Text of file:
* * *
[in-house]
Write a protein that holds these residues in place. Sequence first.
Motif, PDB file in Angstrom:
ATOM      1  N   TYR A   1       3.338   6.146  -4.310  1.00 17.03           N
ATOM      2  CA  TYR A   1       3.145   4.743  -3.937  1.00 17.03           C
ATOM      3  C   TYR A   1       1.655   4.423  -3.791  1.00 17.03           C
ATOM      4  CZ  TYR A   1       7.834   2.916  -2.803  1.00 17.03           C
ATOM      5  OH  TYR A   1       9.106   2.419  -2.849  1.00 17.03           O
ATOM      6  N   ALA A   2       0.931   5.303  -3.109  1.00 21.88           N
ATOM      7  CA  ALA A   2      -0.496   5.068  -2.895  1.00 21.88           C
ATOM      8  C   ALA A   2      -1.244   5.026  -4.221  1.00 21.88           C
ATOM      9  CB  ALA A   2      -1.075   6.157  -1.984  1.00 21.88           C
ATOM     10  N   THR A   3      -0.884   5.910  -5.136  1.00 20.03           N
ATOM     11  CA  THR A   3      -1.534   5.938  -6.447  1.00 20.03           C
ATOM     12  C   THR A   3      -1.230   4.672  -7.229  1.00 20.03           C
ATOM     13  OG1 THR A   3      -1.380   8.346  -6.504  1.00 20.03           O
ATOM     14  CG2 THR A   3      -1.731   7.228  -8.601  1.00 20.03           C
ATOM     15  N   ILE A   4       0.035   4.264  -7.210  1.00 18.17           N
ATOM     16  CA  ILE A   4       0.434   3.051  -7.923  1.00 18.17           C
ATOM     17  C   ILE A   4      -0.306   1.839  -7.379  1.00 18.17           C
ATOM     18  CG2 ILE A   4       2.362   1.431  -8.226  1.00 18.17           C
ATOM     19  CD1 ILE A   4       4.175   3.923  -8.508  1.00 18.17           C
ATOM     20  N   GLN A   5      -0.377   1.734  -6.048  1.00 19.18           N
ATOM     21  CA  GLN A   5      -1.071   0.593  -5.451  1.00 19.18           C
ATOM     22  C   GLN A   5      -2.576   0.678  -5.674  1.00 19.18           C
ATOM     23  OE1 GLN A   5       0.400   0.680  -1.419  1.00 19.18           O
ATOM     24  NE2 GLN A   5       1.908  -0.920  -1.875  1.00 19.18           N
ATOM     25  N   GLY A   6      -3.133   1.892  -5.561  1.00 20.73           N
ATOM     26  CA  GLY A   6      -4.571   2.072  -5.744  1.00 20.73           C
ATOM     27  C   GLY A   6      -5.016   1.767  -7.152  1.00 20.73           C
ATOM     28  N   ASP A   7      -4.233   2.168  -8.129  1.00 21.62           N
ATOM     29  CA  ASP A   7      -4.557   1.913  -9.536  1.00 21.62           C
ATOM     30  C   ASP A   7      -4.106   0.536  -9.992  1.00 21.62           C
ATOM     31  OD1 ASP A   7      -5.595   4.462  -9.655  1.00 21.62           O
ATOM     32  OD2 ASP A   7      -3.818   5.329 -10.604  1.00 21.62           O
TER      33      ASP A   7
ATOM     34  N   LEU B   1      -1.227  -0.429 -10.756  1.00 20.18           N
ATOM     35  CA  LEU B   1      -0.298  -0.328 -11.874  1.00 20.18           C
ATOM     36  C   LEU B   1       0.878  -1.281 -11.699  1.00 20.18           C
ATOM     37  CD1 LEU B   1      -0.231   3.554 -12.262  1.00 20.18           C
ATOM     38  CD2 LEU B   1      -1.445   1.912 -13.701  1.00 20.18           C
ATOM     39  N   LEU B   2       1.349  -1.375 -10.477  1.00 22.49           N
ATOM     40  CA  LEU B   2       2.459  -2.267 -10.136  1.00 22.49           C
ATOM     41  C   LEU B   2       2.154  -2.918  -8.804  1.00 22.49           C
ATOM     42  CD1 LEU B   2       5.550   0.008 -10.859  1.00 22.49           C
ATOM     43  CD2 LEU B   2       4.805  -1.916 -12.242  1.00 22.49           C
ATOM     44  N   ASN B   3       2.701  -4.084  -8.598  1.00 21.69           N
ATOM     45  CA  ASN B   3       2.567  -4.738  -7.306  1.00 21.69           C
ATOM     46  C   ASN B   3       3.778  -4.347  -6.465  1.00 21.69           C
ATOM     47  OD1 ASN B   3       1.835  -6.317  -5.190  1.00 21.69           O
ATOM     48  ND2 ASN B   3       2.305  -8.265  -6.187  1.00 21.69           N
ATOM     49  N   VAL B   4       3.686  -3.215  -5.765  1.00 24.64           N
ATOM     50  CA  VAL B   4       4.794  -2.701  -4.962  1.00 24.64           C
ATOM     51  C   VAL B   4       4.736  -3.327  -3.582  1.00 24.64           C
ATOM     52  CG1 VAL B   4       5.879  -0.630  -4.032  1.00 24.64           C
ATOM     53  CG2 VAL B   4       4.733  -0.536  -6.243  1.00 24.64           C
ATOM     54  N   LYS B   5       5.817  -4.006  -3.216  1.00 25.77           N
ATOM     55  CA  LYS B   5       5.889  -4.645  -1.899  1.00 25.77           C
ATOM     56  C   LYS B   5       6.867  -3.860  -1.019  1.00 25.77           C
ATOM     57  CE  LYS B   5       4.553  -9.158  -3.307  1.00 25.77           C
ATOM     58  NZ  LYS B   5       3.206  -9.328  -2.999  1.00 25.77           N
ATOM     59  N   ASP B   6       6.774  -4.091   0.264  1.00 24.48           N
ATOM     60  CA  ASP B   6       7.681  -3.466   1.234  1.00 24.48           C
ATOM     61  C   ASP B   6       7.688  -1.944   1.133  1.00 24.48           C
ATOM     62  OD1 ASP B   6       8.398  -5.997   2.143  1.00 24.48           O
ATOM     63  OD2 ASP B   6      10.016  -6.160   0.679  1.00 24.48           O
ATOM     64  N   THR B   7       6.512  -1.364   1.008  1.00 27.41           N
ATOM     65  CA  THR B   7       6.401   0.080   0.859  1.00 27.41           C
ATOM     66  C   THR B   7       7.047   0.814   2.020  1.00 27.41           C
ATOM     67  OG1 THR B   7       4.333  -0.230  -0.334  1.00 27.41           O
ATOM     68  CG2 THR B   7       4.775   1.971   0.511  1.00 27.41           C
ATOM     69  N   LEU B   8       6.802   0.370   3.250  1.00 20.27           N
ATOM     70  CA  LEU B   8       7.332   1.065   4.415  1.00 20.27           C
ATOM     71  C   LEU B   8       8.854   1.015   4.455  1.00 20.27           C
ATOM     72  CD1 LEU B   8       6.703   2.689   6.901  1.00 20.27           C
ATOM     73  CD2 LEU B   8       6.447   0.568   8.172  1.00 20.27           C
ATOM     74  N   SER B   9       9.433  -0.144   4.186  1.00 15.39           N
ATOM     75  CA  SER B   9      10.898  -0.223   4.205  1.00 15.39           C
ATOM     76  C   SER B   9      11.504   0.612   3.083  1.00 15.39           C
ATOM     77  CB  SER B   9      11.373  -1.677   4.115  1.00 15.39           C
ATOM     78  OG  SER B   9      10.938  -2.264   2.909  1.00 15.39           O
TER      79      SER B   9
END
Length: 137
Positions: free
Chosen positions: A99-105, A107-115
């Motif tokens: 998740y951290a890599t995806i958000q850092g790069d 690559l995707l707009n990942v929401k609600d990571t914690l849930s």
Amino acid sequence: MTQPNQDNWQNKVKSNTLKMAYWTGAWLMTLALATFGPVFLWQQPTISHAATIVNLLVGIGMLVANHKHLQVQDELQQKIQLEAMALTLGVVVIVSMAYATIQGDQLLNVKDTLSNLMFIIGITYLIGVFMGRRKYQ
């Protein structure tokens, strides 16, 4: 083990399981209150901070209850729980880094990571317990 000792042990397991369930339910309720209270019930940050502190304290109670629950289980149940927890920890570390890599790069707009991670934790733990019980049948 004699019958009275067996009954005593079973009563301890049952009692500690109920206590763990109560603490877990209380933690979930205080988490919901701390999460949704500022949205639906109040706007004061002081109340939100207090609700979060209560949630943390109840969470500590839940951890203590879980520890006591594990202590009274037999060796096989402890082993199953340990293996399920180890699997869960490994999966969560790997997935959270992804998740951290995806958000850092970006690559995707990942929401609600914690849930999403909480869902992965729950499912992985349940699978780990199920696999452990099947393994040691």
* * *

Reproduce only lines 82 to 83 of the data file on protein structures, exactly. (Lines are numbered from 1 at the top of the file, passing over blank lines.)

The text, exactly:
TER      79      SER B   9
END